The First Amendment, you see, doesn't protect those viewpoints in public high schools. It protects Taliban sympathizers (of course except when they criticize minority religions, or minority sexual orientations). It protects "any other person who disapproves of one or more of our nation's . . . policies for any reason whatsoever." But it doesn't protect condemnation of homosexuality -- an important argument for those who want to explain why they disapprove of, say, the nation's policy on constitutional protection for same-sex sexual relations, or the state's policy on employment discrimination based on sexual orientation. It doesn't protect the Confederate flag, presumably because it's often seen as an expression of disapproval for the nation's civil rights policies. (The Confederate flag can also be seen as having other meanings, but I take it that the offensive meaning, at least today, relates to some degree of disapproval of civil rights policies, which is on very rare occasions actual endorsement of slavery and much more commonly a generalized defense of Southern white culture, including its sometimes racist strains.)
And presumably it doesn't protect speech that criticizes fundamentalist Islam, since that is of course a minority religion. The Taliban sympathizers can speak and criticize Americans and presumably Christians (but not Jews or gays) all they want; but Taliban opponents may not. That's because in the Ninth Circuit there's now a Judge-Reinhardt-created viewpoint-based First Amendment exception for speech that minority high school students find is "derogatory and injurious" towards their "race, religion, and sexual orientation."
I'll say it again: Under existing First Amendment precedents, there is a viewpoint-neutral First Amendment exception for disruptive speech in schools. Sometimes speech that's hostile based on race, religion, or sexual orientation -- as well as speech that offends people for a wide variety of other reasons -- might indeed lead to substantial disruption, and thus might be restricted.
But this is at least a facially viewpoint-neutral standard that potentially applies to speech on all perspectives, and doesn't categorically cast out certain student viewpoints from First Amendment protection. While the standard isn't without its problems, it is at least basically consistent with the First Amendment principle of "equality of status in the field of ideas." And there are quite plausible arguments that the government as K-12 educator should have still broader authority over speech in public schools (though this too would be a viewpoint-neutral First Amendment exception). What bothers me is the Ninth Circuit's newly minted viewpoint-based First Amendment exception, which singles out certain ideas for lack of constitutional protection.
Related Posts (on one page):
Penn State Censorship--The Plot Thickens:
Reader Andy Banducci points out that the "harassment" policy AD42 that Penn State has relied on in censoring student Josh Stulman's exhibit of paintings on the culture of terrorism in the Palestinian Territories is under constitutional attack by the Alliance Defense Fund. You can read the complaint here.
According to this news story, Penn State's response to the complaint states: "It is denied that Penn State maintains a 'speech code policy.'" It will be pretty hard for Penn State to maintain that posture when the email Stulman received cancelling his exhibit apparently stated that his exhibit was in violation of AD42 because it "did not promote cultural diversity" or "opportunities for democratic dialogue."
Not to belabor the obvious, but after federal courts consistently invalidated state university "speech codes" in the 1990s, the universities revived these codes in the guise of antidiscrimination policy. There is no reason to believe that the universities will be any more successful in defending the (barely disguised) codes this time, but neither the Constitution nor common sense seems to be much of a barrier to speech regulation at public universities these days.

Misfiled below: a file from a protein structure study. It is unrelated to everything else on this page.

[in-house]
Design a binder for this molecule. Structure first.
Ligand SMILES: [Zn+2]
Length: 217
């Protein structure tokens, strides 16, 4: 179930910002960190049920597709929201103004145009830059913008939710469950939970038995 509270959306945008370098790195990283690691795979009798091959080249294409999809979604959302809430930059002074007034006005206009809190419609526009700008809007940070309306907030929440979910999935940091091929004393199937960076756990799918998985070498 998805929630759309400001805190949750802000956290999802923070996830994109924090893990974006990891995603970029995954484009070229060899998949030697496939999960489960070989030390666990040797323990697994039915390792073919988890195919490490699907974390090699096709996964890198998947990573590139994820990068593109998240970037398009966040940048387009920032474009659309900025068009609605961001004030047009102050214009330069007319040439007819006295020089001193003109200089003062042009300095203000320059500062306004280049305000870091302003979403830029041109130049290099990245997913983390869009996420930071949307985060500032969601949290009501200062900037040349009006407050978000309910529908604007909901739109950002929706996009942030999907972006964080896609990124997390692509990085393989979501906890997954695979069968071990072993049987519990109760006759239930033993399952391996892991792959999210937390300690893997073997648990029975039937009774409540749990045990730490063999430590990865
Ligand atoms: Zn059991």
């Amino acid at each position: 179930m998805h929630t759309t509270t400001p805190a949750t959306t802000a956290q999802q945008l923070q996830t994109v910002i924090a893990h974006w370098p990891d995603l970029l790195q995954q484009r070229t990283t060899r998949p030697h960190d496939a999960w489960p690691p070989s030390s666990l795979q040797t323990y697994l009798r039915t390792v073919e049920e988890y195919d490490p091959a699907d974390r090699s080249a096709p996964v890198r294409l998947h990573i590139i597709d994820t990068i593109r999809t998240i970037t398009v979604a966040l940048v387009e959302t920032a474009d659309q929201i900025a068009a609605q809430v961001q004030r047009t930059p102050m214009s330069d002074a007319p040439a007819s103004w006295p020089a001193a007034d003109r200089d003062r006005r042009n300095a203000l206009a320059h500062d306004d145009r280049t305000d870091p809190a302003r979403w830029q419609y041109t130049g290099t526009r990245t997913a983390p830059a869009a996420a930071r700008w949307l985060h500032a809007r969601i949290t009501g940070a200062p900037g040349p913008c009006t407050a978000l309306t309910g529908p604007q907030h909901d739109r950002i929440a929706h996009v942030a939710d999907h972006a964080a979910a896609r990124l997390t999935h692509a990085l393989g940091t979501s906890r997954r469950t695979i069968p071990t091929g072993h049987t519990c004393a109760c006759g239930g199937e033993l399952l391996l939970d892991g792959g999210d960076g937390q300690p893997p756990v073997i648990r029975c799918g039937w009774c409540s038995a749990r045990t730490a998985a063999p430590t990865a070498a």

Sunday, April 23, 2006
Censorship at Penn State Update:
SEE IMPORTANT UPDATES AT THE BOTTOM OF THIS POST!
I emailed Penn State spokesman Bill Mahon, who was quoted as stating that the Joshua Stulman's exhibit on the culture of terrorism in the Palestinian territories (see linked post below) was not censored for content, but for other reasons, to explain what those other reasons were. Here is the response I received:
This cached Google page shows that Mr. Stulman was scheduled to have an exhibit April 23-29 at the Patterson gallery, topic TBA. Mr. Stulman had previously exhibited there in February.
As near as I can tell, no one has denied that Mr. Stulman received an email stating that his exhibit may not go forward as scheduled, or that he was told that his exhibit was objectionable because it "did not promote cultural diversity" or "opportunities for democratic dialogue."
If I'm reading Mr. Mahon's email correctly, however, he is focusing on the fact that Hillel sponsored
So we have two possibilities here: (1) Penn State's art faculty has a rule against displaying any student work that has any sponsorship, including sponsorship by a recognized student organization such as Hillel. However, this rule is only applied when the faculty doesn't like the message the art is sending or (2) there is no such rule, or at least it wouldn't apply to a noncommercial, student organization such as Hillel, but pretending there is such a rule is a convenient excuse for what would otherwise look like pure heavy-handed enforcement of political correctness.
Needless to say, neither option reflects well on Penn State.
UPDATE: I found the Patterson Gallery guidelines for exhibits of student work online, and I don't see any rule prohibiting sponsorship.
FURTHER UPDATE: The Centre Daily Times has more:
YET ONE MORE UPDATE: This is precious. Professor Charles Garoian, who is apparently responsible for refusing to allow Stulman's exhibit to be displayed, published (with a co-author) a series of three articles in 1996 in a journal called School Arts entitled "Censorship in the art classroom," with the final article in the trilogy called "Fighting censorship in the art classroom." The good professor wrote, prophetically:
Compare this to the email Stulman received
Even more precious, in Part II of the three-part series, Garoian criticized "self-censorship" at the Penn State School of Visual Arts:
Papers on Blogs and Legal Scholarship: You can download drafts of the short papers written for next week's symposium on blogs and legal scholarship at this SSRN page. Contributors with posted papers include two Conspirators (Eugene and myself), Glenn Reynolds, Larry Solum, Gordon Smith, Kate Litvak, Christine Hurt & Tung Yin, Eric Goldman, Doug Berman, Ann Althouse, Larry Ribstein, and Gail Heriot.